The game is the Ultimate expression of the series’ “psycho-pop” aesthetic — the design ethos that characterizes its visuals (bright yet grisly), music (sinister with much flair), dialogue (simultaneously lowbrow and thought-provoking), and plot (unpredictable). I’m glad because V3 has not only maintained the signature twisted, irreverent mood that I love so much but also perfected it.

EDIT: changed descriptor for plot


I’m going to second Destiny 2

Destiny 2 definitely has it’s annoyances and imperfections but the skybox’s are often jaw dropping.
I also love the design of pretty much every zone? (sorry Io)

The art direction was definitely one of the big reasons i finally jumped on with Destiny 2.


I’ll second Steamworld Dig 2. The game, along with several other smaller ones on this list, is a great reminder that aesthetic isn’t (and shouldn’t) just be pretty visuals. The steam-western aesthetic soaks into dialogue, narrative, music and movement as well. It coheres in a way that really allows the player to orient themselves in the game, and as a result the riffs on and divergences from the main aesthetic–from the fairy-like underground swamp to Vectron’s cold metal ruins–caused a genuine thrill to run down my spine.

It isn’t the prettiest of the games nominated, but I defy you to give an example whose aesthetic is more in service to the game’s unified whole.


I’ve seen it nominated a couple times but hands down it’s Zelda: Breath of the Wild for me. Every second of this game. Every piece of it can be felt deep down inside. From riding a horse through a field with a light breeze or the crickets chirping while you’re calmly looking up at the moon coming through the clouds. The bustle and music of a village you just stumbled upon for the first time. The little song Link sings while he’s cooking food. The secluded feeling of the shrines. The ominous Hyrule Castle just waiting for you for 50+ hours while you wonder what might be beyond there. The whirr and musical cue of a Guardian starting up when it spots you and the panic you feel. Stumbling upon a blacked out region of the map while you’re gliding down and being scared because you can’t see anything and you have no idea where you’re going. The seamless yet noticeable transition from region to region. I loved being in this world and the look, sounds, music, actions, and the overall feeling of this game are what did that for me.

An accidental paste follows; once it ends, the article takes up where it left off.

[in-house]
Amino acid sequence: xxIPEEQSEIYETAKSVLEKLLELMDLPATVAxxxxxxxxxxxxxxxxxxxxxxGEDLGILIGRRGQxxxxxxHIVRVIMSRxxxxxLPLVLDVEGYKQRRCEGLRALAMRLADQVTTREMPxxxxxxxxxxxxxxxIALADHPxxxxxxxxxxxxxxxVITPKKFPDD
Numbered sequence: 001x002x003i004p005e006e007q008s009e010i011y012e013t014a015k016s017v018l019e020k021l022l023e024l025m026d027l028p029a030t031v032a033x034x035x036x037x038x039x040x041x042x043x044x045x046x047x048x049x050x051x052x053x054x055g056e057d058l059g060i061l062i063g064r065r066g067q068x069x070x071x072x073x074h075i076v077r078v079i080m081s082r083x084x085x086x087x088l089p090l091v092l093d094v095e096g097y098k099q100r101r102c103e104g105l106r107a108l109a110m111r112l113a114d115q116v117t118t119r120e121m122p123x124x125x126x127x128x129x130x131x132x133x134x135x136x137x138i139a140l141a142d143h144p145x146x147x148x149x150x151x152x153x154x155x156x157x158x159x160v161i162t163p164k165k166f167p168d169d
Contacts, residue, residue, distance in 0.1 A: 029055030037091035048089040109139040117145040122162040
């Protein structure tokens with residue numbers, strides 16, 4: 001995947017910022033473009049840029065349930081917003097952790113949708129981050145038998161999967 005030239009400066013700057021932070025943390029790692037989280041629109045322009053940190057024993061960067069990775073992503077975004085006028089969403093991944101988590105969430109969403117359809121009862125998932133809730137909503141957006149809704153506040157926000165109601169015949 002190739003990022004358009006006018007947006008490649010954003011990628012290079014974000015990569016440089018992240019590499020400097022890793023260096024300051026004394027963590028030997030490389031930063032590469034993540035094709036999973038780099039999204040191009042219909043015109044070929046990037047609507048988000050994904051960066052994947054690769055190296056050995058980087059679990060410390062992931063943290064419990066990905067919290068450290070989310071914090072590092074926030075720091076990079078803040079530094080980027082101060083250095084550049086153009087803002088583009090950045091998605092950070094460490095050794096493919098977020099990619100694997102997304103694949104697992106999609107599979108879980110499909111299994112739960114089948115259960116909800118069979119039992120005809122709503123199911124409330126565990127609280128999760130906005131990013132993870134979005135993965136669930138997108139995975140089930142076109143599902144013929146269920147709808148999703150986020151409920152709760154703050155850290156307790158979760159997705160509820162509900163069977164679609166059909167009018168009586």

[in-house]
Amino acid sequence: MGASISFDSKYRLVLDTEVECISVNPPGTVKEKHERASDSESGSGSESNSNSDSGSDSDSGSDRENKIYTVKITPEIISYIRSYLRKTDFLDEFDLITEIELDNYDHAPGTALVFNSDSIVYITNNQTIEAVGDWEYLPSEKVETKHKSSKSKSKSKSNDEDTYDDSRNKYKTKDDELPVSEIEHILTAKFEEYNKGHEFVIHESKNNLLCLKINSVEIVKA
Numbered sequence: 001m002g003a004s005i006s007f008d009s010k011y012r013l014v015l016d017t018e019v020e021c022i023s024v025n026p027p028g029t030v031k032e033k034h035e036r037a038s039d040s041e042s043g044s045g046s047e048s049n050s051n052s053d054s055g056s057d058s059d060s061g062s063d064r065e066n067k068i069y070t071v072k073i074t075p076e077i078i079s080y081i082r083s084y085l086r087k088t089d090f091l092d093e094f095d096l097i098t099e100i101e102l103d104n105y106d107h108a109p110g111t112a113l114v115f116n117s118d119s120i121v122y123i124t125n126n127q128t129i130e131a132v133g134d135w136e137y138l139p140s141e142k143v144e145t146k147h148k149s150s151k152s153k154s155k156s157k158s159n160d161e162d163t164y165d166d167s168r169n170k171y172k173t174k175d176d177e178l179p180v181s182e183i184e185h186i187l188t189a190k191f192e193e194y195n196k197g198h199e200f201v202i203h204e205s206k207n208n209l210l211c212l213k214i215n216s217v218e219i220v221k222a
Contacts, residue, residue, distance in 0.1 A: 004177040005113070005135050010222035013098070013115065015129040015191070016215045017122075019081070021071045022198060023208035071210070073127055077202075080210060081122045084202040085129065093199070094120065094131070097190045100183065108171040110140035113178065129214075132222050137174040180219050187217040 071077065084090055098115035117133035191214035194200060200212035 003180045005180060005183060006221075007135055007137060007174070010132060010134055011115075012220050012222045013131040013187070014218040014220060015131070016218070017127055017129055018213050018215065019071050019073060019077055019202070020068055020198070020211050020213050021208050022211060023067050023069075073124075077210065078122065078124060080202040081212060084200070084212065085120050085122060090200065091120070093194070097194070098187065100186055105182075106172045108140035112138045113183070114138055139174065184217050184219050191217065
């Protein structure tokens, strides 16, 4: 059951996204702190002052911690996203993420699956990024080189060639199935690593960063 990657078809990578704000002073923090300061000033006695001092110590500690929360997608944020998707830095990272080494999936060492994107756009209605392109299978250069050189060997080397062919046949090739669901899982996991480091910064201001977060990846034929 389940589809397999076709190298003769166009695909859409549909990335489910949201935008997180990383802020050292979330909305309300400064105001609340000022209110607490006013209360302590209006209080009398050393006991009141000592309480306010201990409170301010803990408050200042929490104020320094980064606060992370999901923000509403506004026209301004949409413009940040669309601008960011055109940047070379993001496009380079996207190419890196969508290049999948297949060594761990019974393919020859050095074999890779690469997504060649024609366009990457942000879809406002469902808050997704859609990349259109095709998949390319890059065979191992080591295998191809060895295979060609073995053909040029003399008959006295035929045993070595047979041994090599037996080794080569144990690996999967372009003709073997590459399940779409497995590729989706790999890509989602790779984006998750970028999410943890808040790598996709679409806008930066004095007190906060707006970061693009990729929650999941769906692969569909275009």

Seconding What Remains of Edith Finch!

I do like Pyre, but it has plenty of noms, and this game was probably one of the best first-person adventure games that I got to play this whole year. Admittedly, I played it pretty late, but it was honestly an amazing experience, and the way it distills a person down to their aesthetics in each room is honestly Very Good.


I came in thinking I would nominate Pathologic: The Marble Nest, but I don’t think it’s available for download on Steam anymore (and technically it is only an alpha demo, really). Still, I just want to shout it out for being a fucking incredible experience in spite of its only being around three hours long and carrying some jank. Sure as shit got me excited as hell for Pathologic 2 sometime next year.

Anyway since I can’t rightfully nominate that, I’ll just add to the cacophony of voices saying Zelda: Breath of the Wild, because that game devoured me and never quite let go. It has continued to not let me go in spite of beating it, because I can still boot it up and within like five minutes be sunk deep in a world making discoveries of stuff that I haven’t seen before, or just taking in what is a downright gorgeous world (even though the framerate could be better in places).


I’d nominate The Evil Within 2.

The game’s mindscape setting frees them from having to worry about coherent or consistent spaces, and they play with that a lot. There are set pieces and environments that just don’t even bother to pretend to be real, cool transitions, things that shift as soon as they leave your view. Some of the monster designs are fun and cool too.

Pretty much it’s just having fun being a stylish action horror game.


I will second Absolver by merit of being a fine example of doing a lot with a little vis a vis budget on top of everything Jeff already said.